When rotor 222 of condenser 212 is adjusted for more capacity to stator 220, the fourth arm consists essentially of this capacity in series with condenser 214. Resistor 216 being in series with the minimum capacity between rotor 222 and stator 218, and both of these being in parallel with the maximum capacity between rotor 222 and stator 220 causes only a very small phase shift in this fourth arm. When, on the other hand, rotor 220 of condenser 212 is adjusted for maximum capacity to stator 218, the fourth arm consists essentially of resistor 216 in series with this maximum capacity and with condenser 214, while only the minimum capacity between rotor 222 and stator 220 is shunted across capacity between rotor and stator 222 to 218 and resistor 216. We then have maximum phase shift. This circuit results in a very large range of adjustment of phase and capacity in the fourth arm without the use of variable resistors or excessively large adjustable condensers.
Cables 210 are made so that. the effective length of each is exactly equal to /2 wave length or integral multiples thereof. The effective electrical length of a cable is readily determined by one skilled in the art and depends on various factors such as the insulating material in the cable, the geometry of the conductor, the manner in which the ends of the cable is terminated, and the frequency of the energy transmitted by the cable. The effective electrical length of a cable is usually expressed in wave lengths (or fractions thereof) of the energy transmitted by the cable. Thus, if the voltages at two spaced points of the cable are in phase, the distance between these points is said to be one wave length (or a multiple thereof). If these voltages are out of phase, their distance is said to be /2 wave length (or 1 /2 or 2 /2, etc.). Thus, they are the equivalent of very low resistors, and have practically no effect on the balance of the bridge.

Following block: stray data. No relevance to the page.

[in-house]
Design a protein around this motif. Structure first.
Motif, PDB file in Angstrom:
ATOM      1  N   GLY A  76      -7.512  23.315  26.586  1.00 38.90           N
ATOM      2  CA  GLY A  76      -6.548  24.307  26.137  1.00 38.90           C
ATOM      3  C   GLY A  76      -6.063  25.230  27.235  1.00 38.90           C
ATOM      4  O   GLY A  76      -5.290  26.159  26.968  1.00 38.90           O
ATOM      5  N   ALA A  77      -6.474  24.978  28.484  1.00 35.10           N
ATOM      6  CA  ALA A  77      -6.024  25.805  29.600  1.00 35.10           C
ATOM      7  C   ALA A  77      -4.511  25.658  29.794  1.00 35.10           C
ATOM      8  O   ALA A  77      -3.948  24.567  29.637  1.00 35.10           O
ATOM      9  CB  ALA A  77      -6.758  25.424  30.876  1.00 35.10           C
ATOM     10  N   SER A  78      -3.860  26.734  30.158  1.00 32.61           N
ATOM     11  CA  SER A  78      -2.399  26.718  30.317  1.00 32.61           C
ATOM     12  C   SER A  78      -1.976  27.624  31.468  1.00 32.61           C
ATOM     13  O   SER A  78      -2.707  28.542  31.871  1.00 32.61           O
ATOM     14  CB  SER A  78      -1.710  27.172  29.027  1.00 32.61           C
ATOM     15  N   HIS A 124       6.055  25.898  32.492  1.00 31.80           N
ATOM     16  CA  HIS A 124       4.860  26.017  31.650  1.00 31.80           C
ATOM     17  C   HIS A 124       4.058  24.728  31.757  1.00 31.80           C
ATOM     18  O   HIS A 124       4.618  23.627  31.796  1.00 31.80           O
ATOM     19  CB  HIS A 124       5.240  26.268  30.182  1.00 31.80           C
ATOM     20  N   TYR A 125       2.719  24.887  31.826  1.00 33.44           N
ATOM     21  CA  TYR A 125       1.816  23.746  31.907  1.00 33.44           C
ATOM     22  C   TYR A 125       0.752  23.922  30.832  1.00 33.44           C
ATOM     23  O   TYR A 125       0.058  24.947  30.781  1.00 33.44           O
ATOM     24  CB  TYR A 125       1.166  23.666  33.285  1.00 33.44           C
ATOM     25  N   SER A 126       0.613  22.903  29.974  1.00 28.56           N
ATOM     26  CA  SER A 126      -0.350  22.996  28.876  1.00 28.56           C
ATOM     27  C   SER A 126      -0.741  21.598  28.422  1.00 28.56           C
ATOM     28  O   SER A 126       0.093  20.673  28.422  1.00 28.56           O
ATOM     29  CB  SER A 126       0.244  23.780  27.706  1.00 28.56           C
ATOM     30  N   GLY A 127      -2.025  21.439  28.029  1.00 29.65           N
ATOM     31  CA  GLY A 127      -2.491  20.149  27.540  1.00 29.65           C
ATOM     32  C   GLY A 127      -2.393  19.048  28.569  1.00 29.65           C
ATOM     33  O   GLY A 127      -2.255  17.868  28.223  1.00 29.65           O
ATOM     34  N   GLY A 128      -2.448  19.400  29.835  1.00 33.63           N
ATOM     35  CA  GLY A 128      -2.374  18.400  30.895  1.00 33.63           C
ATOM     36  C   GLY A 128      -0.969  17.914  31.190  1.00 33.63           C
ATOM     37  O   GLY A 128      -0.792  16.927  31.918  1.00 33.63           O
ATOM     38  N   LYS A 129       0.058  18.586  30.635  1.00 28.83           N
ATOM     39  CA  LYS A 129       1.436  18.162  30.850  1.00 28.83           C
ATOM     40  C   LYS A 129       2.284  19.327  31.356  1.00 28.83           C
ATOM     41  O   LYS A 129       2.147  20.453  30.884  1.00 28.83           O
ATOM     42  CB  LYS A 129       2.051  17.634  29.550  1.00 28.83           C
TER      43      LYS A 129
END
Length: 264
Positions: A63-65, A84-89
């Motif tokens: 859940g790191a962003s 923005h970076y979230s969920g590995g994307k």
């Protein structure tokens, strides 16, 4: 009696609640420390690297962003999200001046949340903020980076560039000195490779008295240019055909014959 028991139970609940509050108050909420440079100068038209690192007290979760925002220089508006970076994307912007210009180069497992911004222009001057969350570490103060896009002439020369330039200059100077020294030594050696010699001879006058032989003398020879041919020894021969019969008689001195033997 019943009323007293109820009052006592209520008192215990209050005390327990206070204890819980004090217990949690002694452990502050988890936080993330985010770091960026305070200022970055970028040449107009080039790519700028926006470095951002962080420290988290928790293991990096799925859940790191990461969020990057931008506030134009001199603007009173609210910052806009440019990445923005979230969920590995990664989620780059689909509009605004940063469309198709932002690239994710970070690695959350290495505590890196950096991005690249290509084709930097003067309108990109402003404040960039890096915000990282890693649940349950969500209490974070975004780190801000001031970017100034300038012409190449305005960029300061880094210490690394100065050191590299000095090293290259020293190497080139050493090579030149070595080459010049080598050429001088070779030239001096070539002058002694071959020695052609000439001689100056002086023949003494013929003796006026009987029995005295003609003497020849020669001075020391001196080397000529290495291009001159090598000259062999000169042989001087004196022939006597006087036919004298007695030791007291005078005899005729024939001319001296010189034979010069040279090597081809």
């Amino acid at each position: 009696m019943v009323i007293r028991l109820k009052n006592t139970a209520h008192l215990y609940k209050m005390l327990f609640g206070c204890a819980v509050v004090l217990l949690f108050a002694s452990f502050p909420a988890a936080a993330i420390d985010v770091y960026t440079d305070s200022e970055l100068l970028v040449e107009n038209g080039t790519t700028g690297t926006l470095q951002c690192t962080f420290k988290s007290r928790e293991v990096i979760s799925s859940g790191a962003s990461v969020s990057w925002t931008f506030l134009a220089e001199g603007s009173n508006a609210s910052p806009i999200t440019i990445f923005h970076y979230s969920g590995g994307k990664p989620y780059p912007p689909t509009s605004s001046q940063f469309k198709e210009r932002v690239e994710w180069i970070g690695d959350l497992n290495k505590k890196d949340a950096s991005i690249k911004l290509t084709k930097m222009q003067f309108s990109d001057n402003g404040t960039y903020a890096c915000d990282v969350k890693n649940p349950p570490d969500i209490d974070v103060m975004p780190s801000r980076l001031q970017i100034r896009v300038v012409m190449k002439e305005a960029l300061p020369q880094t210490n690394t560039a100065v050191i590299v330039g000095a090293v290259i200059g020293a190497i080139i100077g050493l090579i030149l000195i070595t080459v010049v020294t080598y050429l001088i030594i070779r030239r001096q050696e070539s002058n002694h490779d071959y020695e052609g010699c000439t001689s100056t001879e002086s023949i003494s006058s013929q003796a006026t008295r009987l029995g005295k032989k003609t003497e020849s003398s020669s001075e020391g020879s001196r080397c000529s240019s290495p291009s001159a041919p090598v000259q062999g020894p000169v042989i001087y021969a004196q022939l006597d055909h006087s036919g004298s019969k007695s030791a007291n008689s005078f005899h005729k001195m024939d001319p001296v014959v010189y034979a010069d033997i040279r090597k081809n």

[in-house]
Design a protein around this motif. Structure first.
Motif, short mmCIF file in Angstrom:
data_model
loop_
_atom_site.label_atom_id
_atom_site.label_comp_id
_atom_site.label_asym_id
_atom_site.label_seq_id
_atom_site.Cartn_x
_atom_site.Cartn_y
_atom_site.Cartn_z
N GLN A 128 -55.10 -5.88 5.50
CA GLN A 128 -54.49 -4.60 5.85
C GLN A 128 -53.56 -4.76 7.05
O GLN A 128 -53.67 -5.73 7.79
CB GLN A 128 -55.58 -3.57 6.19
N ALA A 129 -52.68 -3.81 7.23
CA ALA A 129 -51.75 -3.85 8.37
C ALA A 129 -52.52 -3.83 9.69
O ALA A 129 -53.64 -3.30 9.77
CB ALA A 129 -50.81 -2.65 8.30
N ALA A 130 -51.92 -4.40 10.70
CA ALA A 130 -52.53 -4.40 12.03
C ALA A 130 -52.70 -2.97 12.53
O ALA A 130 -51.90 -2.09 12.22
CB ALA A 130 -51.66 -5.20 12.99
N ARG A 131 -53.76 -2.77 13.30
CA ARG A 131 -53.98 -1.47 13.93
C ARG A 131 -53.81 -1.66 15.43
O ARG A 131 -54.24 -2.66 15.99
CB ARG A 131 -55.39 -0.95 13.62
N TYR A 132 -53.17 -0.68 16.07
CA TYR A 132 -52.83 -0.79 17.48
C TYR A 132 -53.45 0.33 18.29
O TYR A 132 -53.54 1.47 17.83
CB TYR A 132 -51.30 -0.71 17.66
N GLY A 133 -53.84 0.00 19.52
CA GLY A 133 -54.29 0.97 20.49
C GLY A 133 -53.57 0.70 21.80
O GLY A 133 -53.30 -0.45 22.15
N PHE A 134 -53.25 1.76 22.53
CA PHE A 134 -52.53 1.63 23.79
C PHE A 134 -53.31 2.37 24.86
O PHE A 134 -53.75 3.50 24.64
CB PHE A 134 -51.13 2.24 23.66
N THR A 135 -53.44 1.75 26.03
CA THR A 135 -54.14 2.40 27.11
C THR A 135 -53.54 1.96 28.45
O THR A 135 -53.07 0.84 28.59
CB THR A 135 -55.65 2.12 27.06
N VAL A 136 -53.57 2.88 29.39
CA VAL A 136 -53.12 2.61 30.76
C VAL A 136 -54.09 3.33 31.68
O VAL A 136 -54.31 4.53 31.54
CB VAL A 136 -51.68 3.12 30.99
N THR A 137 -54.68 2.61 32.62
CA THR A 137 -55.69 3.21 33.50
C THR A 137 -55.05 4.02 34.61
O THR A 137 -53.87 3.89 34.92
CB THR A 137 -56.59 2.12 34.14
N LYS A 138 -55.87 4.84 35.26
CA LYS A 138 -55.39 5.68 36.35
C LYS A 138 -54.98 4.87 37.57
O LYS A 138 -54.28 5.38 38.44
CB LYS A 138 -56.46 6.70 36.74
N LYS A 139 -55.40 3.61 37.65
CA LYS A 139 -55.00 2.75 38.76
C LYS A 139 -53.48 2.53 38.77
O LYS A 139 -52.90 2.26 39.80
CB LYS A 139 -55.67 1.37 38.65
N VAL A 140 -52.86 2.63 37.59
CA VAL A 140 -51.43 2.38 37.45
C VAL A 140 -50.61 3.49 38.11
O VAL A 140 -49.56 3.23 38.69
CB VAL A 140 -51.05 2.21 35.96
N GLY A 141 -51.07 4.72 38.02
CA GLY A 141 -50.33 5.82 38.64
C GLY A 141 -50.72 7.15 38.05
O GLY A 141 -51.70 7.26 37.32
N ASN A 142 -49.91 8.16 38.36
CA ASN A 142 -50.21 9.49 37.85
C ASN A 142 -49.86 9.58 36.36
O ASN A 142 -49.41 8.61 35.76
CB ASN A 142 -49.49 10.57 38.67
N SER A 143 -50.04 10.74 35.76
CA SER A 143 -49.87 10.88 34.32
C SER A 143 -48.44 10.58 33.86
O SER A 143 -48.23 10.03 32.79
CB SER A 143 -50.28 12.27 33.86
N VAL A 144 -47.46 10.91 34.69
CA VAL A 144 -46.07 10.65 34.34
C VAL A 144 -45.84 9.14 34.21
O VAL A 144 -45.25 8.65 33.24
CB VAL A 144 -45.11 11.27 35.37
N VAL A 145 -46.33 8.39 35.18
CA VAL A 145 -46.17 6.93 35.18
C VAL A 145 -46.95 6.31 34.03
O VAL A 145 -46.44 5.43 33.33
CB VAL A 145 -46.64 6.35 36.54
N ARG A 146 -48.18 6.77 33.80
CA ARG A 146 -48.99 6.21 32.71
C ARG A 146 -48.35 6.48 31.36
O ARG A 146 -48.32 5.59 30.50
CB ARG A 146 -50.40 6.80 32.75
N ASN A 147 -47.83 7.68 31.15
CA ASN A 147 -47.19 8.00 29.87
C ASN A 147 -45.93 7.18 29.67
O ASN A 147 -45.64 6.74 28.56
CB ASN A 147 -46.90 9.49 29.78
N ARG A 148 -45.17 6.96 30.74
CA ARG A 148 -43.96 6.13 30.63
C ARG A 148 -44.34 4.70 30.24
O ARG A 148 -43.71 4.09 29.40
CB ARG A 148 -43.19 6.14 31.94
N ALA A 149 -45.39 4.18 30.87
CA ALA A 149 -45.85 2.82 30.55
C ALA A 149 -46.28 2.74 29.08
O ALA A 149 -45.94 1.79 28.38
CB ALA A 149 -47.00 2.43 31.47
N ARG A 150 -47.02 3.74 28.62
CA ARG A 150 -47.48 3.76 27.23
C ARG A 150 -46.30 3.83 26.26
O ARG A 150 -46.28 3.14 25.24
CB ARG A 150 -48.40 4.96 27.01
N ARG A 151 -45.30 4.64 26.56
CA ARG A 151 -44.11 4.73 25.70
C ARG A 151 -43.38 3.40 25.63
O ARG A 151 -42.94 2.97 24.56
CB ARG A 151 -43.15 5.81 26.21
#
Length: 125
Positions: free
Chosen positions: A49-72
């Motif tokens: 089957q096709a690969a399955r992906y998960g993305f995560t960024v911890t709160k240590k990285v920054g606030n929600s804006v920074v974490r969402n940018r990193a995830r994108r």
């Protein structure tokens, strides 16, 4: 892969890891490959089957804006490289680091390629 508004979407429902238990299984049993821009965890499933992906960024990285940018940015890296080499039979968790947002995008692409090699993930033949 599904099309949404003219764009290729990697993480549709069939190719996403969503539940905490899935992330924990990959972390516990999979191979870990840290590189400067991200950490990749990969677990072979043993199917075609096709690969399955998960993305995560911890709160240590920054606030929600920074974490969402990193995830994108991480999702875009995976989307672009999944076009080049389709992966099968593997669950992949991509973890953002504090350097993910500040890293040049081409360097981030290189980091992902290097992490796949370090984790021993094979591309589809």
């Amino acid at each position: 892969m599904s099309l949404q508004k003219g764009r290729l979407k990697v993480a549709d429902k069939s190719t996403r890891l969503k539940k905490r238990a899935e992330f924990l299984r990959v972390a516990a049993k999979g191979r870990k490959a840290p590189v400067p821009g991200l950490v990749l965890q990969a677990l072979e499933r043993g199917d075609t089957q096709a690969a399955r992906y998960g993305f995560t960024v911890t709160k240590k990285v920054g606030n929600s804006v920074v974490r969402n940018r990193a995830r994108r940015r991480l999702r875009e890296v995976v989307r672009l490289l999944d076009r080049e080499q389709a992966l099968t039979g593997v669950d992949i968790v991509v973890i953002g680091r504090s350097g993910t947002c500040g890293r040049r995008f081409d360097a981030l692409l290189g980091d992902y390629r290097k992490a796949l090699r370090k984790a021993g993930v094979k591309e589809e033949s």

The capacity from the upper electrode 12 to ground is effectively connected across one-half of coil 208. Coil 208 is of relatively low impedance, so that the small capacity from electrode 12 to ground is not sufficient to resonate with coil 208. The capacity from electrode 14 to ground is across the diagonal of the bridge and therefore has little affect on its balance. Both capacities of electrode 12 and 14 to ground are held low to further reduce any effect of changes in these capacities on the balance of the bridge.
The output of the bridge is taken from junction point 221 and is inductively coupled to coil 226 through coil 224. A local oscillator voltage is capacitively coupled to wire 225 by means of the capacitive effect between the wire 225 and coil 23% Oscillator coil 230 is the tank coil for a conventional Hartley oscillator consisting of capacitors 234 and 236, and 231, and grid resistor 238. The local oscillator voltage is such that it is much greater than the signal voltage received from the output of the bridge circuit through coil 226. As a result changes in the local oscillator voltage have little effect on the signal.